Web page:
Socio-Emotive Intelligence for Long-term Robot Companions: Why and How?
Hae Won Park
Date: Friday, May 03, 2019
Time: 2:00 PM to 3:00 PM
Location: 32-D463 (Star)
Event Type: Seminar
Host: Alberto Rodriguez & Sangbae Kim , MIT
Contact: Stephen Proulx, email@example.com
Speaker URL: https://www.media.mit.edu/people/haewon/overview/
TALK: Socio-Emotive Intelligence for Long-term Robot Companions: Why and How?
Abstract: In this talk, I’d like to engage the Robotics @ MIT community to question whether robots need socio-emotive intelligence. To answer this question though, we need to first think about a new dimension of evaluating AI algorithms and systems that we build - measuring their impact on people’s lives in the real-world contexts. I will highlight a number of provocative research findings from our recent long-term deployment of social robots in schools, homes, and older adult living communities. We employ an affective reinforcement learning approach to personalize robot’s actions to modulate each user’s engagement and maximize the interaction benefit. The robot observes users’ verbal and nonverbal affective cues to understand the user state and to receive feedback on its actions. Our results show that the interaction with a robot companion influences users’ beliefs, learning, and how they interact with others. The affective personalization boosts these effects and helps sustain long-term engagement. During our deployment studies, we observed that people treat and interact with artificial agents as social partners and catalysts. We also learned that the effect of the interaction strongly correlates to the social relational bonding the user has built with the robot. So, to answer the question “does a robot need socio-emotive intelligence,” I argue that we should only draw conclusions based on what impact it has on the people living with it - is it helping us flourish in the direction that we want to thrive?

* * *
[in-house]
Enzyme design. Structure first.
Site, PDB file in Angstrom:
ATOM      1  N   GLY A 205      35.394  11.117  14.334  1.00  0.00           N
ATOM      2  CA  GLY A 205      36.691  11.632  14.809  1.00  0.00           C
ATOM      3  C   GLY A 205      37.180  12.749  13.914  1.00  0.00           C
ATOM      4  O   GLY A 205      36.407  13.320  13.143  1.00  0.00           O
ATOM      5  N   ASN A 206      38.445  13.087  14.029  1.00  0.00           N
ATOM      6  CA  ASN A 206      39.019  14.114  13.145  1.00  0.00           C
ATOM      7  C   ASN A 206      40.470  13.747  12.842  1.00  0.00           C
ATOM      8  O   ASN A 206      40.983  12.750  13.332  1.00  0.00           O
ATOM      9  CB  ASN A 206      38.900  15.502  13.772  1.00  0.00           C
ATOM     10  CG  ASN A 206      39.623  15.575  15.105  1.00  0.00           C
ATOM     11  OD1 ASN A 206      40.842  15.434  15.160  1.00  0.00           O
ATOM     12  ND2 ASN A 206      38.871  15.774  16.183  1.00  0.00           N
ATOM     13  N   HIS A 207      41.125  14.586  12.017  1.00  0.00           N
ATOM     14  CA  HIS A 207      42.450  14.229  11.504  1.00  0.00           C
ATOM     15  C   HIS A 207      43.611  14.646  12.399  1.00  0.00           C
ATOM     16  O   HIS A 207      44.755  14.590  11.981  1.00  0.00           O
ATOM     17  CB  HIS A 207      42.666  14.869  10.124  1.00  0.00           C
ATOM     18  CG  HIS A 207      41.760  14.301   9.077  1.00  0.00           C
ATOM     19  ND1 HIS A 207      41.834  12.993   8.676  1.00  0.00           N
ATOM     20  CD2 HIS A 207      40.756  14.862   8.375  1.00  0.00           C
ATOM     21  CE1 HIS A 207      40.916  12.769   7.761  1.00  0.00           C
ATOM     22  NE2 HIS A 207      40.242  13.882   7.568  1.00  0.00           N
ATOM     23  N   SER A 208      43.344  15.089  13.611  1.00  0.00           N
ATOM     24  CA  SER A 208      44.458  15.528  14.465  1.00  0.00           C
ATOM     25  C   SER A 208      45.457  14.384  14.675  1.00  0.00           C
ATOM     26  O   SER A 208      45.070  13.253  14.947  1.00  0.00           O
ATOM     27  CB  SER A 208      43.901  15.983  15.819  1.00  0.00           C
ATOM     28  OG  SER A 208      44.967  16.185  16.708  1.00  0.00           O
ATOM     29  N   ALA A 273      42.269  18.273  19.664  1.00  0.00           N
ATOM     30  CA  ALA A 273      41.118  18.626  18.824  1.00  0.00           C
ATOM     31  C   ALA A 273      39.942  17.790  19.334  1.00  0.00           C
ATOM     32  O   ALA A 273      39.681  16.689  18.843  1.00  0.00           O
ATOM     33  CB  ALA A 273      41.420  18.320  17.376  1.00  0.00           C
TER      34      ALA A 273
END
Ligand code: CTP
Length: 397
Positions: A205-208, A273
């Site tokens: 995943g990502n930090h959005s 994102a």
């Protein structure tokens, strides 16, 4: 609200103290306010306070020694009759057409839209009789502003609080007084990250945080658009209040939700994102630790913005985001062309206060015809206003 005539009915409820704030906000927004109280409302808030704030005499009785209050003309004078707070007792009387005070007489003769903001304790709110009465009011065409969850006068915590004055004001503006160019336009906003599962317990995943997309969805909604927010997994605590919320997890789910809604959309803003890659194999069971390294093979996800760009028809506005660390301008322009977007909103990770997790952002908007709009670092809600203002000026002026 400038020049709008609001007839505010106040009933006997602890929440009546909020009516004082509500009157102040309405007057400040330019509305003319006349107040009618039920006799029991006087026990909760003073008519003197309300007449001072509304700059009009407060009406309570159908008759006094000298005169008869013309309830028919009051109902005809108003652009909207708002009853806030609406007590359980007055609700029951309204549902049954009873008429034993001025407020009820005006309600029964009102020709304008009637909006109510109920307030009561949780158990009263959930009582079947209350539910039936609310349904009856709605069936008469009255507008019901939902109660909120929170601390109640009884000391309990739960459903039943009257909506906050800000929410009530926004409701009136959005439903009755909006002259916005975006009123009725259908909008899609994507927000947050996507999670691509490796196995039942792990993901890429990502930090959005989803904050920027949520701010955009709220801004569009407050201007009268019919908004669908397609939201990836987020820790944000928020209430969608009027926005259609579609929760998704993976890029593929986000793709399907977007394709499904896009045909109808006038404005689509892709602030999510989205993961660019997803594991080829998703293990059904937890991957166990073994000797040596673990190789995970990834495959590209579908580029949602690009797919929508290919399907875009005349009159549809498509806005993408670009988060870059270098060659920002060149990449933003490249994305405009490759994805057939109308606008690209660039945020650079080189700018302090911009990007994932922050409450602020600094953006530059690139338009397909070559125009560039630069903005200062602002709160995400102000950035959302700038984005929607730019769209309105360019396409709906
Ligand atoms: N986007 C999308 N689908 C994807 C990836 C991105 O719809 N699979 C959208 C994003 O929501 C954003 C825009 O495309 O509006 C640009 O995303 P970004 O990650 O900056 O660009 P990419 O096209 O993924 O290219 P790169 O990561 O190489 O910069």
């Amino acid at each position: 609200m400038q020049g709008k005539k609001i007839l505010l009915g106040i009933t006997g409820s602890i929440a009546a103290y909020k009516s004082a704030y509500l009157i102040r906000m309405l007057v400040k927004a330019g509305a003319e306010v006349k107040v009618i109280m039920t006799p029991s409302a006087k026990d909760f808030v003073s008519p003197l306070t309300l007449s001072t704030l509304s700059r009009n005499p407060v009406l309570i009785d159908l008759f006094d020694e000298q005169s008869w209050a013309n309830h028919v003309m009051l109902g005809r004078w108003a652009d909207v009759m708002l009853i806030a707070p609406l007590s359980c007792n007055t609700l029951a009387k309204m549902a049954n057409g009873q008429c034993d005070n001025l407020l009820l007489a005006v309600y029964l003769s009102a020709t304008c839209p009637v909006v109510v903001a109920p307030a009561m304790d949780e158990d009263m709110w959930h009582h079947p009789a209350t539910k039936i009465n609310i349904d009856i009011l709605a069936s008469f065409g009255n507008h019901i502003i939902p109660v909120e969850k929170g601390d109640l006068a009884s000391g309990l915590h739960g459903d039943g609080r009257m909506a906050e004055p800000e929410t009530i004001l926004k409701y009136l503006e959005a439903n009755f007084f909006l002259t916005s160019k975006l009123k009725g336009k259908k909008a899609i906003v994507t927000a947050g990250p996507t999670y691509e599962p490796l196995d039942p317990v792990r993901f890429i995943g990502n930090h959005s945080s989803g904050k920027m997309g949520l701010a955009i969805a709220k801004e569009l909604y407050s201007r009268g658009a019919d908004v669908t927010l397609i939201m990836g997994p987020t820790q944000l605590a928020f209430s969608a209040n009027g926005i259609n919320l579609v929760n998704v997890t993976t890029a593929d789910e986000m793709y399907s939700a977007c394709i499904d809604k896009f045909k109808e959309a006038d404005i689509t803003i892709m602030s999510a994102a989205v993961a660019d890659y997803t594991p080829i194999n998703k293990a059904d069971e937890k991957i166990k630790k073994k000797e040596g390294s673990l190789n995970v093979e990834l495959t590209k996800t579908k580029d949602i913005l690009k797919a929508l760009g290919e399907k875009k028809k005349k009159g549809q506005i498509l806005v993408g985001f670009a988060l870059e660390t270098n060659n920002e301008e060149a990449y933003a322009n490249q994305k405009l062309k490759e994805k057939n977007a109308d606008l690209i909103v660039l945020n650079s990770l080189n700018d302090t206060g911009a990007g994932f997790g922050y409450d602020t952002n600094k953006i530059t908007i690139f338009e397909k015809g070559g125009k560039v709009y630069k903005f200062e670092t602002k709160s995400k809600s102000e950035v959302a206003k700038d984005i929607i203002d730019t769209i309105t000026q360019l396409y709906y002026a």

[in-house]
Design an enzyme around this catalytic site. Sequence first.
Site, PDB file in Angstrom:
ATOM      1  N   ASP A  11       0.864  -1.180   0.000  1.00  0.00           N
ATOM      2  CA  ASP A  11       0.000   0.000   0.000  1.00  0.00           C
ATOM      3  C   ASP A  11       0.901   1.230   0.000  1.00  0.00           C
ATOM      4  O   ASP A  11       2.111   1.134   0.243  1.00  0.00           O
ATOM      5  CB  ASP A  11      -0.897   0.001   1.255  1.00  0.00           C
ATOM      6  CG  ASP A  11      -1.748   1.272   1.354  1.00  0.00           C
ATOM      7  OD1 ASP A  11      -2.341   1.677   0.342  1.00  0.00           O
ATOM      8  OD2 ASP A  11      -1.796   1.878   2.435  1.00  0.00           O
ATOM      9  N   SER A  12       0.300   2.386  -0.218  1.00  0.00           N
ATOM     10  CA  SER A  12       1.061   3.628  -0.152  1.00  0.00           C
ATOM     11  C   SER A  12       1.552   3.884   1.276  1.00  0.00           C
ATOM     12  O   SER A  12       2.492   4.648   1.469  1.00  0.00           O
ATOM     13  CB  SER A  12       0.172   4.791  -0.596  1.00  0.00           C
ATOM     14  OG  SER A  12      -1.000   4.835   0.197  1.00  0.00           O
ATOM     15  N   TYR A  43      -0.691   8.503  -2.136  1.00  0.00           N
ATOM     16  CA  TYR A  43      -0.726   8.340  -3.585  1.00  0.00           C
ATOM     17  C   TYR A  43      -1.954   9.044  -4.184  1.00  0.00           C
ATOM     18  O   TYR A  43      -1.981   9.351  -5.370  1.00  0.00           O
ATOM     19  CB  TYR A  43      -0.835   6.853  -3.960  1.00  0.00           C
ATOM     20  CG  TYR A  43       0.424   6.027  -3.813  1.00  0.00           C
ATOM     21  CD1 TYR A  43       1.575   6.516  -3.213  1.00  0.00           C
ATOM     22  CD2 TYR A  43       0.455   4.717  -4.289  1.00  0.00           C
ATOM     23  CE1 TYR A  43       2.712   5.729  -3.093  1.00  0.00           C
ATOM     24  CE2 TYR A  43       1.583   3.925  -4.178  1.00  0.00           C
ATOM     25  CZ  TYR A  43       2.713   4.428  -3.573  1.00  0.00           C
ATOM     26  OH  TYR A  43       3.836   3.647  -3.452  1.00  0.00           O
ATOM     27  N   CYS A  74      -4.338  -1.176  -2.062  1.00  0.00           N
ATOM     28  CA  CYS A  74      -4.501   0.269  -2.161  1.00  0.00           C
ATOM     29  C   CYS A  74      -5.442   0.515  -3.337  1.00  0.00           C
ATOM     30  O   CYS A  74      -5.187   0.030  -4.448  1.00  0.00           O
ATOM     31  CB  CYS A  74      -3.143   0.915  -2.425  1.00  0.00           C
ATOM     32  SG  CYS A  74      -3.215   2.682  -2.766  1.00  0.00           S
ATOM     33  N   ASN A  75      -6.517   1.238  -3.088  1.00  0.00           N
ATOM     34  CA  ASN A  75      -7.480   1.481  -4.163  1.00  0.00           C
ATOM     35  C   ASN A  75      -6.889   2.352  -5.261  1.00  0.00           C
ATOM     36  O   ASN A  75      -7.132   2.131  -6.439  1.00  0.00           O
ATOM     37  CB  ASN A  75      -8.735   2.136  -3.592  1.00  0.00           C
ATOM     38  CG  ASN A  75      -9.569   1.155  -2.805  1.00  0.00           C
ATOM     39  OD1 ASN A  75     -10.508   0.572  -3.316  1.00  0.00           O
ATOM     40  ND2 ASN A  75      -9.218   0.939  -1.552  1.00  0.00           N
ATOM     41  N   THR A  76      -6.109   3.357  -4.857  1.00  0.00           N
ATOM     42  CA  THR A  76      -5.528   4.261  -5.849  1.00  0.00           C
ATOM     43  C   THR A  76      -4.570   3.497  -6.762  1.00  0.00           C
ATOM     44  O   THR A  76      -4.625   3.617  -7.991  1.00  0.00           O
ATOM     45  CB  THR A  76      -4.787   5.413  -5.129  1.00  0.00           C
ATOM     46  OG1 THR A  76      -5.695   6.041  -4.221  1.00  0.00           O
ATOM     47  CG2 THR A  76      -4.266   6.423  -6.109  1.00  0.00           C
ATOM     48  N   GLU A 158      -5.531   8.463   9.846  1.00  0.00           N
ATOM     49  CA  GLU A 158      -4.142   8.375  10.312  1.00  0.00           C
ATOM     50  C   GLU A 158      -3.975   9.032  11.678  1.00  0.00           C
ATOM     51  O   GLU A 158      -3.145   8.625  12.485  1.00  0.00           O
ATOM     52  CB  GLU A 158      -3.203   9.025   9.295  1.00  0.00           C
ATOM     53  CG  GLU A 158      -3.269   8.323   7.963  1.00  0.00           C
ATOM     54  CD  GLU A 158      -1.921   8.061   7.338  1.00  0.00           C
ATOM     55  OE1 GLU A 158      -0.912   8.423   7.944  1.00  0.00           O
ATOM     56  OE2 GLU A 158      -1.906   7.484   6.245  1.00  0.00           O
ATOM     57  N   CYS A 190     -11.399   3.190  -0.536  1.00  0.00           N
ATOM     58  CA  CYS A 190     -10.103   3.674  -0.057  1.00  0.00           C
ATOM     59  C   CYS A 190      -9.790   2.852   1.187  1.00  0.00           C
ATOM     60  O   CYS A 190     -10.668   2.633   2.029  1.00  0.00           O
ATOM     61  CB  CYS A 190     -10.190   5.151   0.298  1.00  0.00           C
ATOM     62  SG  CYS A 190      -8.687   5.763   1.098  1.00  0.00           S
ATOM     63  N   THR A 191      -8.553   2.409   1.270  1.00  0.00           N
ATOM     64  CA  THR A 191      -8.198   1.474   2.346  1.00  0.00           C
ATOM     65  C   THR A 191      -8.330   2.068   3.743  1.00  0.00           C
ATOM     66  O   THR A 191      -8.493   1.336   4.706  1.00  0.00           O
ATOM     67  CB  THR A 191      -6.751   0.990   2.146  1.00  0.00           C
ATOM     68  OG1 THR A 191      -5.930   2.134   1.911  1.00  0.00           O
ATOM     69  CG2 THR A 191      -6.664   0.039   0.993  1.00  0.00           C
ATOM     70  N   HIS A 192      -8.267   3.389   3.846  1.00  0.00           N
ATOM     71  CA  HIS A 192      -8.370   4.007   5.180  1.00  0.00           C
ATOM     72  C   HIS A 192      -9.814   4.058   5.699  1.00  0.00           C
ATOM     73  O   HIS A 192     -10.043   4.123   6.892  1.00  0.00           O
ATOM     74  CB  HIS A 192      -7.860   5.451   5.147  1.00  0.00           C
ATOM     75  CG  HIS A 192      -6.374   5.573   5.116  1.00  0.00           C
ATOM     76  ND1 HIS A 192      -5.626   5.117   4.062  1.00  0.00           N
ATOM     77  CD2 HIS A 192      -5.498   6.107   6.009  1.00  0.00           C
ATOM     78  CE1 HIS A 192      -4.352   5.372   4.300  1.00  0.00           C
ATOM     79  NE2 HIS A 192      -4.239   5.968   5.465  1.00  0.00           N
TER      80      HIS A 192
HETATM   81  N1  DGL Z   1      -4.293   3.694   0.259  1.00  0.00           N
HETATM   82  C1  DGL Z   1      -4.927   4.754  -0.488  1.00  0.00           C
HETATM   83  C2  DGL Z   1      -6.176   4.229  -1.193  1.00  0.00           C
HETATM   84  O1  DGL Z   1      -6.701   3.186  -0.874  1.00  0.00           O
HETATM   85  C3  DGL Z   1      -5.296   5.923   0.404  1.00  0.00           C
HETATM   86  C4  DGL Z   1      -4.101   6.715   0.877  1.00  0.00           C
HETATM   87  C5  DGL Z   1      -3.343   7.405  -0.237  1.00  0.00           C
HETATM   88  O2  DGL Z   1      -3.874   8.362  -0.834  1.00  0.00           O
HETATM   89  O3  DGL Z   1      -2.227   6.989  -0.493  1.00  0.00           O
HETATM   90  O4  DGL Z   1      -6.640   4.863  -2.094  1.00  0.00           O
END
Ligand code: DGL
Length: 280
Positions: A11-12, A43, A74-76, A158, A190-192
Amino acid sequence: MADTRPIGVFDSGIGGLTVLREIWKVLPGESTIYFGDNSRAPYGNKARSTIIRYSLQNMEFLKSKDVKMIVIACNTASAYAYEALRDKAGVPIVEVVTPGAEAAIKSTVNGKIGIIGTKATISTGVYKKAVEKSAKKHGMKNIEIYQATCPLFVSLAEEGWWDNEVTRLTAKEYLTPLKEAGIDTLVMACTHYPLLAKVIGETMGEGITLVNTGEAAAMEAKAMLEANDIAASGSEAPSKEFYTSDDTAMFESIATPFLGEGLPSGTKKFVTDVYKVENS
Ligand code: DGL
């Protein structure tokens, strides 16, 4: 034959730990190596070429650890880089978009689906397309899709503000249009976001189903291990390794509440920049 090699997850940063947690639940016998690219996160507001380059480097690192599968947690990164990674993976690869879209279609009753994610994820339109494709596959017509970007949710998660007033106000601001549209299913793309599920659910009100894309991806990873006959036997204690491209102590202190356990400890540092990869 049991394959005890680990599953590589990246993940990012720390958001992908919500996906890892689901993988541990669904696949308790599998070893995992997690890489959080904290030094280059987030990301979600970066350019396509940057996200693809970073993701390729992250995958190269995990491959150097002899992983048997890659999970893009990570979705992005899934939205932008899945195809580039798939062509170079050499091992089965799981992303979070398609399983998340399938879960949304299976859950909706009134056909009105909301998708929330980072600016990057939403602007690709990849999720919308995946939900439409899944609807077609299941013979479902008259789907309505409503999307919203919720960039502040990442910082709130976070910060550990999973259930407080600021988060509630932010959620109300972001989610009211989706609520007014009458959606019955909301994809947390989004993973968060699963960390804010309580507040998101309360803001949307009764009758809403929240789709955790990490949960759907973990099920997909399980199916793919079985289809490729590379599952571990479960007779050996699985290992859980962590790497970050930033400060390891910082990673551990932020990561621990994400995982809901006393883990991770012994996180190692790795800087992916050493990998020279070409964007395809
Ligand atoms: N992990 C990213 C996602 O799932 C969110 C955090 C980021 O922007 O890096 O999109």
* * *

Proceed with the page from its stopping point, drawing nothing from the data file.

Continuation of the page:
Bio: Hae Won Park is a Research Scientist at MIT Media Lab and a Principal Investigator of the Social Robot Companions Program. Her research focuses on socio-emotive AI and personalization of social robots that support long-term interaction and relationship between users and their robot companions. Her work spans a range of applications including education for young children and wellbeing benefits for older adults. Her research has been published at top robotics and AI venues and has received awards for best paper (HRI 2017), innovative robot applications (ICRA 2013), and pecha-kucha presentation (ICRA 2014). Hae Won received her PhD from Georgia Tech in 2014, at which time she also co-founded Zyrobotics, an assistive education robotics startup that was recognized as the best 2015 US robotics startup by Robohub and was the finalist of the Intel Innovation Award.
Created by Stephen Proulx at Wednesday, May 01, 2019 at 9:31 AM.